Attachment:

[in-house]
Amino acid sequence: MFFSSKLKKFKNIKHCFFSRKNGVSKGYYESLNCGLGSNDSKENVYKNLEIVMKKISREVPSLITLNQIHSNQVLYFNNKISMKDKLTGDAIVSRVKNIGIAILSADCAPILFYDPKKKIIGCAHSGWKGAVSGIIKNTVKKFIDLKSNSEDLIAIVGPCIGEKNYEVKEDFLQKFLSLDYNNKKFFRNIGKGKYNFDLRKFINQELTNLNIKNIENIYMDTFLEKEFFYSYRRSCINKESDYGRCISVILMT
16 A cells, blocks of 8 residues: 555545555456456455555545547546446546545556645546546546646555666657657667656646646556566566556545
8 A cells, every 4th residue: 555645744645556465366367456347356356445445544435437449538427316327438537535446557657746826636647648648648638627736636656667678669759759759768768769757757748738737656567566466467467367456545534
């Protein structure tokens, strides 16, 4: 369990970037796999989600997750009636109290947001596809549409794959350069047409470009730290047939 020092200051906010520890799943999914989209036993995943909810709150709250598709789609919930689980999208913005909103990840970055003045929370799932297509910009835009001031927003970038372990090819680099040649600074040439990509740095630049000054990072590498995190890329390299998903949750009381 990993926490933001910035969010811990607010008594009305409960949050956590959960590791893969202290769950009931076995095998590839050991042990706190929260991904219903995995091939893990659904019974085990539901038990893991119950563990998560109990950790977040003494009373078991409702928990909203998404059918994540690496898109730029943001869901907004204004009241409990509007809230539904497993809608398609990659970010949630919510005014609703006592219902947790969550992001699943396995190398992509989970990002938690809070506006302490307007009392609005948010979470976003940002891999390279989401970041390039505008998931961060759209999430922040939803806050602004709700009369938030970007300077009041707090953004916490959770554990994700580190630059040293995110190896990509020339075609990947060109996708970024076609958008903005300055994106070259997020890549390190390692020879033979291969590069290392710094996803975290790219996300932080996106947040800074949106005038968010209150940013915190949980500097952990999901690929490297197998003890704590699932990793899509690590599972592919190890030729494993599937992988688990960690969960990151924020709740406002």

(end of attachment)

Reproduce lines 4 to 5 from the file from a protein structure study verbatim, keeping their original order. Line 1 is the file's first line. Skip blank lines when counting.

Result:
8 A cells, every 4th residue: 555645744645556465366367456347356356445445544435437449538427316327438537535446557657746826636647648648648638627736636656667678669759759759768768769757757748738737656567566466467467367456545534
């Protein structure tokens, strides 16, 4: 369990970037796999989600997750009636109290947001596809549409794959350069047409470009730290047939 020092200051906010520890799943999914989209036993995943909810709150709250598709789609919930689980999208913005909103990840970055003045929370799932297509910009835009001031927003970038372990090819680099040649600074040439990509740095630049000054990072590498995190890329390299998903949750009381 990993926490933001910035969010811990607010008594009305409960949050956590959960590791893969202290769950009931076995095998590839050991042990706190929260991904219903995995091939893990659904019974085990539901038990893991119950563990998560109990950790977040003494009373078991409702928990909203998404059918994540690496898109730029943001869901907004204004009241409990509007809230539904497993809608398609990659970010949630919510005014609703006592219902947790969550992001699943396995190398992509989970990002938690809070506006302490307007009392609005948010979470976003940002891999390279989401970041390039505008998931961060759209999430922040939803806050602004709700009369938030970007300077009041707090953004916490959770554990994700580190630059040293995110190896990509020339075609990947060109996708970024076609958008903005300055994106070259997020890549390190390692020879033979291969590069290392710094996803975290790219996300932080996106947040800074949106005038968010209150940013915190949980500097952990999901690929490297197998003890704590699932990793899509690590599972592919190890030729494993599937992988688990960690969960990151924020709740406002």